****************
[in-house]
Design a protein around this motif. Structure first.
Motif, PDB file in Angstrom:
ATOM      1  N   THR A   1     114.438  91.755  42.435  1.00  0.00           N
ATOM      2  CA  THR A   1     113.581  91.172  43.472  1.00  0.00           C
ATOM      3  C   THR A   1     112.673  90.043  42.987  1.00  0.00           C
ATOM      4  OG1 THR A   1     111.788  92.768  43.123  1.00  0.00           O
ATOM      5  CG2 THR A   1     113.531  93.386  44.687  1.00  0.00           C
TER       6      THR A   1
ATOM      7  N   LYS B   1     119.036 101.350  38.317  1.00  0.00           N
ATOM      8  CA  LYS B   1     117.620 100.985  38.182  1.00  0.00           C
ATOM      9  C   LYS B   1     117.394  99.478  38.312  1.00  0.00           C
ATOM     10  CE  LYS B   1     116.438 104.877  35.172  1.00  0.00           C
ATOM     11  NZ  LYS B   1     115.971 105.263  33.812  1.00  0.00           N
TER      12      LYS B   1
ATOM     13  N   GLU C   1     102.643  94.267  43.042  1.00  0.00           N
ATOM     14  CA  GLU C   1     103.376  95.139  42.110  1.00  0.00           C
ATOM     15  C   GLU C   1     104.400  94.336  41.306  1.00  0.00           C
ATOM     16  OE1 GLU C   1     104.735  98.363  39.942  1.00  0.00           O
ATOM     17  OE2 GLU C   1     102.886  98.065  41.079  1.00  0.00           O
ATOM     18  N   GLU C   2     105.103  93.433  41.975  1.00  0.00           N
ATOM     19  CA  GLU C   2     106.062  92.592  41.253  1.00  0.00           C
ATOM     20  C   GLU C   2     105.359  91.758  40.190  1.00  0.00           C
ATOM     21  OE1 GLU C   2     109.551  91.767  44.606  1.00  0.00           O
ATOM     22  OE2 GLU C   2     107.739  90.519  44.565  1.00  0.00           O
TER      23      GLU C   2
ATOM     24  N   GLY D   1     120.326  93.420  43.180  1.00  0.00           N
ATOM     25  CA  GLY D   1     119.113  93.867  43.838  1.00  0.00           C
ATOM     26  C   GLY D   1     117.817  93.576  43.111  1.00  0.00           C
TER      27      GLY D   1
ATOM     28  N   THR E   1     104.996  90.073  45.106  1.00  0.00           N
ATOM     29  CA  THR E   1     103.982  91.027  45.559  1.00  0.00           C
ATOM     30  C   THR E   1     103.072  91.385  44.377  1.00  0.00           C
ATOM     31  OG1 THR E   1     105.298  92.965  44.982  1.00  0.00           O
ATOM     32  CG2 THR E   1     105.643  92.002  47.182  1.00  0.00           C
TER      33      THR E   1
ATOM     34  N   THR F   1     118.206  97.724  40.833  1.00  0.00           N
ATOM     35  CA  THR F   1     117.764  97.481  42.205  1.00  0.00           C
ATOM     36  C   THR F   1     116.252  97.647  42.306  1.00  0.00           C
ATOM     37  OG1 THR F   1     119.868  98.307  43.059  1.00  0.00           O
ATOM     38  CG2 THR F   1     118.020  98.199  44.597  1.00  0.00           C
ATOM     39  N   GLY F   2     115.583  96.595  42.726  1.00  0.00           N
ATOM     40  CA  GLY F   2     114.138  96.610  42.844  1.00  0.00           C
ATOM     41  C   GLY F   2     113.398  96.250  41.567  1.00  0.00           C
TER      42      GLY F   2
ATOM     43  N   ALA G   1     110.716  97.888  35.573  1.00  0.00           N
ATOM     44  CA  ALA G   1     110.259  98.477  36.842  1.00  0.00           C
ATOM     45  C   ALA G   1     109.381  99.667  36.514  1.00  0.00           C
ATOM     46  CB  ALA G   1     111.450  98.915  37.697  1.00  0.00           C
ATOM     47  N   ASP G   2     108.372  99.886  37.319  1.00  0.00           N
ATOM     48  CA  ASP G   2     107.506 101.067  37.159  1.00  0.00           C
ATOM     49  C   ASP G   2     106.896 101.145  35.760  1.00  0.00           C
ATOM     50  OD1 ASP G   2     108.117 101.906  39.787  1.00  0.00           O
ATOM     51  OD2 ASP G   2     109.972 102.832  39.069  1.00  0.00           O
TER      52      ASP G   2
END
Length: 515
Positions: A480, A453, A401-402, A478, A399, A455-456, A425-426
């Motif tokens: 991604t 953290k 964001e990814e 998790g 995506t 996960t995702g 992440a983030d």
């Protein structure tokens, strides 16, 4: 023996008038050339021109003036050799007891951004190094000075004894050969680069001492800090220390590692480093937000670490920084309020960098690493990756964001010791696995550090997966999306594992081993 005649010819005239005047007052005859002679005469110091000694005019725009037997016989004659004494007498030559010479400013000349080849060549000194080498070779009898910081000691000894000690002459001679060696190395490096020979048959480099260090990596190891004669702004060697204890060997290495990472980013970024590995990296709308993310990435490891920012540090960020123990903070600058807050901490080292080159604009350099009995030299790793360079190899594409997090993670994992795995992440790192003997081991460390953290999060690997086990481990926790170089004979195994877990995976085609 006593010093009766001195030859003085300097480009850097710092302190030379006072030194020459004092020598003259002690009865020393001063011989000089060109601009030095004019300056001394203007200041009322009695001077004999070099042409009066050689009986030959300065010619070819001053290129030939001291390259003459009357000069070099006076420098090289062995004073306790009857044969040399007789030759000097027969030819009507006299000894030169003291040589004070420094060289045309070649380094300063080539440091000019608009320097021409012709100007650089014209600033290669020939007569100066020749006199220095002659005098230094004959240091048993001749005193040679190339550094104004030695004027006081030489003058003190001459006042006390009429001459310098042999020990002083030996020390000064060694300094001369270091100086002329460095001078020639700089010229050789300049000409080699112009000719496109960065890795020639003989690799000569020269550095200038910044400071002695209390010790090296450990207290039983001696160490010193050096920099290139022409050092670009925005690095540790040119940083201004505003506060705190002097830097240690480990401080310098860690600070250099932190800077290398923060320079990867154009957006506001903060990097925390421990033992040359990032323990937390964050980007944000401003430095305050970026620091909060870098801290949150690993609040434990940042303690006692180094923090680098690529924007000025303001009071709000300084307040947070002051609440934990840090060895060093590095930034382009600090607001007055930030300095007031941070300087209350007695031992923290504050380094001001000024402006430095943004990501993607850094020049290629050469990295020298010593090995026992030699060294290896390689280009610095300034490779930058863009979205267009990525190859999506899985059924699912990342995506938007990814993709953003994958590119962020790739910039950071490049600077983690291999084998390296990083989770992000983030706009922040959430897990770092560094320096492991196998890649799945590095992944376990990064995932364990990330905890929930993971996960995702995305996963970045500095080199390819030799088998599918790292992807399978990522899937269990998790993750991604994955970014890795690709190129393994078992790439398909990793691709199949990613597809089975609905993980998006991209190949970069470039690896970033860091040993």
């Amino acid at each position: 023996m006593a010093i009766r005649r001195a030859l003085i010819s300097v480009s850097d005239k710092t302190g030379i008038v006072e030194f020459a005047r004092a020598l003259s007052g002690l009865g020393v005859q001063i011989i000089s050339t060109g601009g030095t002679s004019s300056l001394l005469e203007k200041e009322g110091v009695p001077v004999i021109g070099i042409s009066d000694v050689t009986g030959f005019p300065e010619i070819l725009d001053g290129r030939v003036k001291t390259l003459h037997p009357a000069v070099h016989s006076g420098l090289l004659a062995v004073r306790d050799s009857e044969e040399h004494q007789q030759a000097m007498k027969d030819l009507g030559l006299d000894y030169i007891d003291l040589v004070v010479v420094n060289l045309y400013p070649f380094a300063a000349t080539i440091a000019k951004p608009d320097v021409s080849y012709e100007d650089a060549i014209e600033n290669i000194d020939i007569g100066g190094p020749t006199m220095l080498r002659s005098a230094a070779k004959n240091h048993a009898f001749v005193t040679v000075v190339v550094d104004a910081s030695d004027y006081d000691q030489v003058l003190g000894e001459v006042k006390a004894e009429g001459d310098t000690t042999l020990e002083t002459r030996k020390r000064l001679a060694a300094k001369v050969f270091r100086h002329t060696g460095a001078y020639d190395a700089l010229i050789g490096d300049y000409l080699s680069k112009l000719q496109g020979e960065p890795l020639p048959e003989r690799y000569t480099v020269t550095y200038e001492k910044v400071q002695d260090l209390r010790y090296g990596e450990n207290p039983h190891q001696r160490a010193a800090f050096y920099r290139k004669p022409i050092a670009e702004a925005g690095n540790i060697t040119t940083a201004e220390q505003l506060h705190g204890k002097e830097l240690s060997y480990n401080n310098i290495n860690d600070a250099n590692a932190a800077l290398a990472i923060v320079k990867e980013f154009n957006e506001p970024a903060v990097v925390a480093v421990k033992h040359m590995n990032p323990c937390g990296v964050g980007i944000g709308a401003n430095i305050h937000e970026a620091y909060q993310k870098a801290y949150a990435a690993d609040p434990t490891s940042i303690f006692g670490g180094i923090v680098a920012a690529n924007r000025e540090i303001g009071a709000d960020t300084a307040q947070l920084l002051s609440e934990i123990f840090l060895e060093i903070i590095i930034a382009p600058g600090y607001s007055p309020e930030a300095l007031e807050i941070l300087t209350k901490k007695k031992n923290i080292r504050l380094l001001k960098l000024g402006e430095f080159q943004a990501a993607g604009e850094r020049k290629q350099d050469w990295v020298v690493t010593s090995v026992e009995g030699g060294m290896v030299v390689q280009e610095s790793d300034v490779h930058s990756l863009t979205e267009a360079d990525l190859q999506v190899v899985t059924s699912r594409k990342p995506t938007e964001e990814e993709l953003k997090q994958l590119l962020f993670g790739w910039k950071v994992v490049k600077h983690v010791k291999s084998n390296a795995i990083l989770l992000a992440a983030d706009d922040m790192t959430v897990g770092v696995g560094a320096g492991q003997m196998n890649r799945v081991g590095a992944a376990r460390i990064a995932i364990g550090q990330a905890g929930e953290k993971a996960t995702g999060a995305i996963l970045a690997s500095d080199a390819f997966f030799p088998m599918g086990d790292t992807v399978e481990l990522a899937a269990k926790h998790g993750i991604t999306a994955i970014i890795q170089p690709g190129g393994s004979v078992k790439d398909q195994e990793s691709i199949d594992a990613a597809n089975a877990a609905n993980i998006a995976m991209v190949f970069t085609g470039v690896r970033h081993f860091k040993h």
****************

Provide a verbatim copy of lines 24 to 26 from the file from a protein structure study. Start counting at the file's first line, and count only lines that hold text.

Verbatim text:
ATOM     21  OE1 GLU C   2     109.551  91.767  44.606  1.00  0.00           O
ATOM     22  OE2 GLU C   2     107.739  90.519  44.565  1.00  0.00           O
TER      23      GLU C   2